The song was originally written under the title of The Memphis Itch and it is said in Handy's Anthology of the Blues that the song has a number of Afro-American code words including the title word Jogo which at the time was a code word for Negro. The last section of the song is from a folk tune, "Lawdy, Lawdy, Lord, I'll see you when yo troubles all 'll be like mine."5 To view the score and listen to the music using the Scorch plug-in, click on the cover image at left. For the midi, click here. There are no lyrics for this piece.
In 1915, Pace & Handy published another piece with some unique origins, the Joe Turner Blues. Though the musical origins were still strong traditional blues, the idea for the music and lyrics came from Joe Turner (or Turney) who was the brother of Peter Turney, (1827 – 1903) Governor of Tennessee from 1893 to 1897. It was Joe's task to move convicts from Memphis to the State Penitentiary in Nashville. Joe was not popular with the African Americans for obvious reasons and the music and Lyrics lament his arrival. Over the years the song was often incorrectly attributed to have been inspired by the blues singer Big Joe Turner. Though Big Joe did eventually record the song in 1941, he was only five when the piece was published. To view the score and hear the music, click on the sheet music cover image, for the midi version click here. For the full lyrics, click here.
In 1918, the Pace & Handy company moved from Memphis to New York where it became a major force in bringing the music of black songwriters to the public.6 Besides publishing Handy's works, they published many other great songs penned by African Americans including, A Good Man is Hard to Find popularized by Sophie Tucker. In 1920 Pace & Handy dissolved their company and Pace went on to found Black Swan records while Handy formed a family publishing company, Handy Brothers, Inc.
In 1916, Handy penned a non-blues titled work, The Ole Miss Rag, which of course has endeared him to all the Ole Miss University alums and students. His initial avoidance of the Ragtime style in preference for his blues, did not mean that Handy completely avoided that style and other popular styles.This piece was played and recorded on a piano roll (QRS Q-203) by none other than the great ragtime composer and pianist, Scott Joplin. You can see the You Tube presentation of Joplin's performance in the below video.
Though today, those of us who live near "Ole Miss" think of this piece as one dedicated to the University in Oxford, Mississippi, the drawing of a train seems to belie that belief. In 2014 a researcher, Dr. Albert Earl Elmore, a noted scholar who holds degrees from Milsaps College and Ole Miss Law School with a Ph.D. in English Literature from Vanderbilt researched the song over several years and offered a different view. He said "On the cover of the sheet music issued by the Handy Music Company appeared a drawing of a train. Underneath that train, appeared the words, “The Fastest thing out of Memphis.” There can be no doubt that Handy was referring to Ole Miss as the name of the train. He made this even clearer two years later when he re-issued the same tune under another title, “The Ole Miss Blues.” This time he had another musician collaborate to add words: J. Russell Robinson."10 Regardless of the origin of this work, it is a very good Rag.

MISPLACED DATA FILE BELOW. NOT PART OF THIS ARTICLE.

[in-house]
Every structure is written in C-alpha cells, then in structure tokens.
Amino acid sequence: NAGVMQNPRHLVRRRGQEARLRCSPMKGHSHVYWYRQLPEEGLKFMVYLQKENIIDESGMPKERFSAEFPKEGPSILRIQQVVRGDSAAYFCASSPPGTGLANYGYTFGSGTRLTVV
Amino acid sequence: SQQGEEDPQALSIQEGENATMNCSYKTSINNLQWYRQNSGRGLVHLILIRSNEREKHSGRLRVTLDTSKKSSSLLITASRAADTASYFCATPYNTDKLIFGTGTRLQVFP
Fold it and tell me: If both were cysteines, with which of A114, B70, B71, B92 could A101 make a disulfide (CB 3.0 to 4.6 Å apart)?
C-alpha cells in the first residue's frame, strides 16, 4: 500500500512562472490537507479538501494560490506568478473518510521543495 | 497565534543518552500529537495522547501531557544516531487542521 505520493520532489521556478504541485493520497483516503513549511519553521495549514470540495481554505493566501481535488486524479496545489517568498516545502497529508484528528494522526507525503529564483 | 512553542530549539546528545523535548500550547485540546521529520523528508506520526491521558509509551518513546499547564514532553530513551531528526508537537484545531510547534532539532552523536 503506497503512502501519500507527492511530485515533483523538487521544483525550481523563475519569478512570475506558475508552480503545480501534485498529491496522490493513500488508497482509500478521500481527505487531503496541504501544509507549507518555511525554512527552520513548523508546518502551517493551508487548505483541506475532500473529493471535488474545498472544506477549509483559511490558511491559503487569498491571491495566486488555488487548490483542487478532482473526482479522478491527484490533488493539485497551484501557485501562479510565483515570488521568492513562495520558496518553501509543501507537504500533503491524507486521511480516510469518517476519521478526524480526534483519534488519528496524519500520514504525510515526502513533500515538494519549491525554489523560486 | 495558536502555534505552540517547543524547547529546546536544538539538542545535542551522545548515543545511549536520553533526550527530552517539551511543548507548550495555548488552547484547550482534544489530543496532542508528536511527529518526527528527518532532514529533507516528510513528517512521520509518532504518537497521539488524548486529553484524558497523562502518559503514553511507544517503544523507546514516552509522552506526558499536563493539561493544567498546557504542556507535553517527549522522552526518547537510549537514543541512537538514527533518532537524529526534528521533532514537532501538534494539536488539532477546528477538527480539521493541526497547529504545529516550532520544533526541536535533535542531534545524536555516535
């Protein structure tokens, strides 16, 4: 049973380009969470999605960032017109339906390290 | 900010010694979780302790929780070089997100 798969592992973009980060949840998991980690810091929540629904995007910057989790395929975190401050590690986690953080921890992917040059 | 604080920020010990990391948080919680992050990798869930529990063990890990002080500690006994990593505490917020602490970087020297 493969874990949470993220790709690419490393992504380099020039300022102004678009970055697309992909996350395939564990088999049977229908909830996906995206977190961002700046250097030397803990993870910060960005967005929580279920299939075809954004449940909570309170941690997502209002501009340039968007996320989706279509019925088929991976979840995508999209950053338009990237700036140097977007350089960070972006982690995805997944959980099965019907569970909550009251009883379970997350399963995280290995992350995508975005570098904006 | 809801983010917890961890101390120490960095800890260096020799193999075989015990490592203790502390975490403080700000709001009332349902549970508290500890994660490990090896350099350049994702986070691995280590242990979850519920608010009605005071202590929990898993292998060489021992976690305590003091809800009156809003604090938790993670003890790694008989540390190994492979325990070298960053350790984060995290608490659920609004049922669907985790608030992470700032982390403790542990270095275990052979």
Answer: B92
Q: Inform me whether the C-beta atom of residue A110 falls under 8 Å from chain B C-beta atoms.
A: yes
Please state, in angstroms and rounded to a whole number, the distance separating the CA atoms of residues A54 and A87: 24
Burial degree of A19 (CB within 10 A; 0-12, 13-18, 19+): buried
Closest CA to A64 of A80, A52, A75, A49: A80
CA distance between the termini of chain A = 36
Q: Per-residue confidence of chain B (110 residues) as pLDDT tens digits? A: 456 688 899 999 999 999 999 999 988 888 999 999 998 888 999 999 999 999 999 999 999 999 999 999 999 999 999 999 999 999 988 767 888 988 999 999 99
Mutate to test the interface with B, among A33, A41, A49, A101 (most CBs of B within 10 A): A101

In 1917, Pace & Handy published The Hooking Cow Blues, a unique and rather strange song that was not a complete Handy composition but one with original words and music by Douglas Williams with "Jazz and Blues" by W. C. Handy. The setting and cover are so uncharacteristic of Handy that one can only wonder at first what prompted him to be involved. During this period there were a number of western/cowboy themed songs that were popular and initially we could only speculate that Handy simply was capitalizing on a passing fad in popular music.The song is much more in style with the mainstream popular music of the times rather than Handy's Blues.
However, in reading his autobiography, we find a very interesting aspect of his musical mind as it specifically relates to this piece. Handy wrote: "When I was no more than ten, I could catalog almost every sound that came to my ears using the tonic sol-fa system. I knew the whistle of each of the river boats on the Tennessee. One whistle, I remember, sounded like a combination of do and sol in the musical scale. Another seemed to combine do and mi. By the same means I could tell what the birds in the orchards and woodlands were singing. Even the bellow of the bull became in my mind a musical note, and in later years I recorded this memory in the Hooking Cow Blues."11
As such, to us it is more a curiosity related to Handy than an exemplar of his main stream works. Click on the cover image to view the score and listen to the music, click here for the midi and here for the lyrics. To learn a little more about cowboy songs For our article about "Cowboys & Indians" see our April 200 article
In 1917, Handy published another Memphis themed work that became a favorite and was also recorded by many of the musical luminaries of the day, The Beale Street Blues. Of course, Handy lived on Beale Street and Beale was the center of the Blues world during those years. Though for many years, in the mid 20th century Beale Street fell into disuse and decay, the city of Memphis revitalized the area and today, Beale trumpets on it's web site that Beale is "America's Most Iconic Street," according to a
USA Today National Poll and that it is "Tennessee's Top Tourism Attraction" and "
The Official Home of the Blues." Many of the original buildings still exist and even one store from the Handy period is still in business and a tourist attraction in and of itself.
"Beale Street (the place) was created in 1841 by entrepreneur and developer Robertson Topp (1807–1876), who named it for a forgotten military hero.The original name was Beale Avenue. Its western end primarily housed shops of trade merchants, who traded goods with ships along the Mississippi River, while the eastern part developed as an affluent suburb. In the 1860s, many black traveling musicians began performing on Beale. The first of these to call Beale Street home were the Young Men's Brass Band, who were formed by Sam Thomas in 1867. In the early 1900s, Beale Street was filled with many clubs, restaurants and shops, many of them owned by African-Americans. In 1889, NAACP co-founder Ida B. Wells was a co-owner and editor of an anti-segregationist paper called Free Speech based on Beale. Beale Street Baptist Church, Tennessee's oldest surviving African American Church edifice built in 1864, was also important in the early civil rights movement in Memphis. Handy wrote the Beale Street Blues in 1916 which influenced the change of the street's name from Beale Avenue to Beale Street. From the 1920s to the 1940s, Louis Armstrong, Muddy Waters, Albert King, Memphis Minnie, B. B. King, Rufus Thomas, Rosco Gordon and other blues and jazz legends played on Beale Street and helped develop the style known as Memphis Blues. As a young man, B. B. King was billed as "the Beale Street Blues Boy." One of Handy's proteges on Beale Street was the young Walter Furry Lewis, who later became a well known blues musician. In his later years Lewis lived near Fourth and Beale, and in 1969 was recorded there in his apartment by Memphis music producer Terry Manning."8